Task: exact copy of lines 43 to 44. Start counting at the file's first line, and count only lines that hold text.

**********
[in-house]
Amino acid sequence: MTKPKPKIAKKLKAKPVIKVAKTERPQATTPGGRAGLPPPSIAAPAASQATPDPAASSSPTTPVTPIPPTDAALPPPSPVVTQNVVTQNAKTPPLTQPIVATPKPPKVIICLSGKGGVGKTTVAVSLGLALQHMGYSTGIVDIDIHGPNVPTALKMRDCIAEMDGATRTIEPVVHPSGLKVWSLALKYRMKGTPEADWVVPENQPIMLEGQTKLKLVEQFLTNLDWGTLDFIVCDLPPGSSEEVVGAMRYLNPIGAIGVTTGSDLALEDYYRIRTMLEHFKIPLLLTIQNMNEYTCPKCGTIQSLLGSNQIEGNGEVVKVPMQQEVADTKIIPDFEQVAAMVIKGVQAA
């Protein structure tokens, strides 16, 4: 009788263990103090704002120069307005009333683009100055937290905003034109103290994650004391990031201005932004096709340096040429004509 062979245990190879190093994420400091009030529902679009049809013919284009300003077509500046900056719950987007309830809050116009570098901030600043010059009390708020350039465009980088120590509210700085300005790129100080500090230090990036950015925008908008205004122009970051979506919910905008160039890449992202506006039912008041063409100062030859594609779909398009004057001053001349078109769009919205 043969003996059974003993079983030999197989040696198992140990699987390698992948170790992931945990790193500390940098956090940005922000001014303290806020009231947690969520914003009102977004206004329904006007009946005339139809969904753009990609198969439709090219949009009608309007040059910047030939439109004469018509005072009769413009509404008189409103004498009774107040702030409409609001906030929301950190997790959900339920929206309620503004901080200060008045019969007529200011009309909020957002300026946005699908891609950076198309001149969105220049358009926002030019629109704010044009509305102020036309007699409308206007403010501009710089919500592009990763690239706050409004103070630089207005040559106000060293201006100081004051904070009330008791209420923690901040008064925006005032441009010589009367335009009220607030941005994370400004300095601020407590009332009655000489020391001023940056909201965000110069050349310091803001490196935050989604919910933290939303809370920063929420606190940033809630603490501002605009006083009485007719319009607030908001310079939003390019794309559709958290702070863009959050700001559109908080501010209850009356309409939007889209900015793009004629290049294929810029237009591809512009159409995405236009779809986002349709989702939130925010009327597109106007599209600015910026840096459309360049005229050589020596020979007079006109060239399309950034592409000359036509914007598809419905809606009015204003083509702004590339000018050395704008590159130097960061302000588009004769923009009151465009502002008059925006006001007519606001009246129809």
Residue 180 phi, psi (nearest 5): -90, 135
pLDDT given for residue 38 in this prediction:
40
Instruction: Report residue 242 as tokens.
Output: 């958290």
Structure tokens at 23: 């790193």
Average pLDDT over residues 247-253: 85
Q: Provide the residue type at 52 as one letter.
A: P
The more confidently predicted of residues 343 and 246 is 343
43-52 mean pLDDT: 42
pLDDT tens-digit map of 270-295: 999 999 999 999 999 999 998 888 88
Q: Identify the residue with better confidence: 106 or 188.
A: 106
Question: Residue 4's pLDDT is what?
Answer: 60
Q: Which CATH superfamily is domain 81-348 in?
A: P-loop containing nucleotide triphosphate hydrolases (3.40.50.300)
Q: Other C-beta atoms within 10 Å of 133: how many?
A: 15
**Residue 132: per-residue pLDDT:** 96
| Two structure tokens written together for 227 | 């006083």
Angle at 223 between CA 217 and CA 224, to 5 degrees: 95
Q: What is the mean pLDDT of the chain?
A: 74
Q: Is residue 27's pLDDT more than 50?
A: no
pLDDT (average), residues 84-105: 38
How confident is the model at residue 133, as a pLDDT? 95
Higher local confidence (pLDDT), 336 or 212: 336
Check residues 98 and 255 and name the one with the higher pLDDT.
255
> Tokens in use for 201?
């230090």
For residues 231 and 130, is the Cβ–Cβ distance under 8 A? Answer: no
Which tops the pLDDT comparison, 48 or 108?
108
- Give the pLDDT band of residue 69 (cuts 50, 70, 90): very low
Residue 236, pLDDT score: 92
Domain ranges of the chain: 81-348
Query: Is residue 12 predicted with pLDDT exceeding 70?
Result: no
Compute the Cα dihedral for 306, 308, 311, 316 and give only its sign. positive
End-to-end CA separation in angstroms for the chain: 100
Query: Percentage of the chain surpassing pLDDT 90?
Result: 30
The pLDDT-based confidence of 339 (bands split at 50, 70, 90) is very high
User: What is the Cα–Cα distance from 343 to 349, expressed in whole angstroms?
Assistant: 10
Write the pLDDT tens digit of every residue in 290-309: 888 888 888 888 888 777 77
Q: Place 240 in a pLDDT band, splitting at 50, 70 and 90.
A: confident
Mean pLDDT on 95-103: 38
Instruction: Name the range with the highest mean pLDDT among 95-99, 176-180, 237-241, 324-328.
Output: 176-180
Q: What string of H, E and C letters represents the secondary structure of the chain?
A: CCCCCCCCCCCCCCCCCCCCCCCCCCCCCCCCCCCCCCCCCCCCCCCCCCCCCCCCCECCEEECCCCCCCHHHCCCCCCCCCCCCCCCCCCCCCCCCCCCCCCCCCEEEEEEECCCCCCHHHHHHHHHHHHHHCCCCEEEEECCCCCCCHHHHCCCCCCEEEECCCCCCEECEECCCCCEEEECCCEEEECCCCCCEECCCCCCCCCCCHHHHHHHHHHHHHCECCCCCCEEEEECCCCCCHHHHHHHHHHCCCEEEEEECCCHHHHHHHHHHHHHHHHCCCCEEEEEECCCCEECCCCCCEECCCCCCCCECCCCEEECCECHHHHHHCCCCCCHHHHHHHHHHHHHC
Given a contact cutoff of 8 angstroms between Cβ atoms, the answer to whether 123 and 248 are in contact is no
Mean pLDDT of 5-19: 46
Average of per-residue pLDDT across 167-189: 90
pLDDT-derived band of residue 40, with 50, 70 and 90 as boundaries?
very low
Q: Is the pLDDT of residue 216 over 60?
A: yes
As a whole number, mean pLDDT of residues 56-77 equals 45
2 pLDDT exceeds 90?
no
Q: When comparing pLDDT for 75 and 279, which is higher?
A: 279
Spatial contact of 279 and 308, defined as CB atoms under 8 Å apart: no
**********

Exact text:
Domain ranges of the chain: 81-348
Query: Is residue 12 predicted with pLDDT exceeding 70?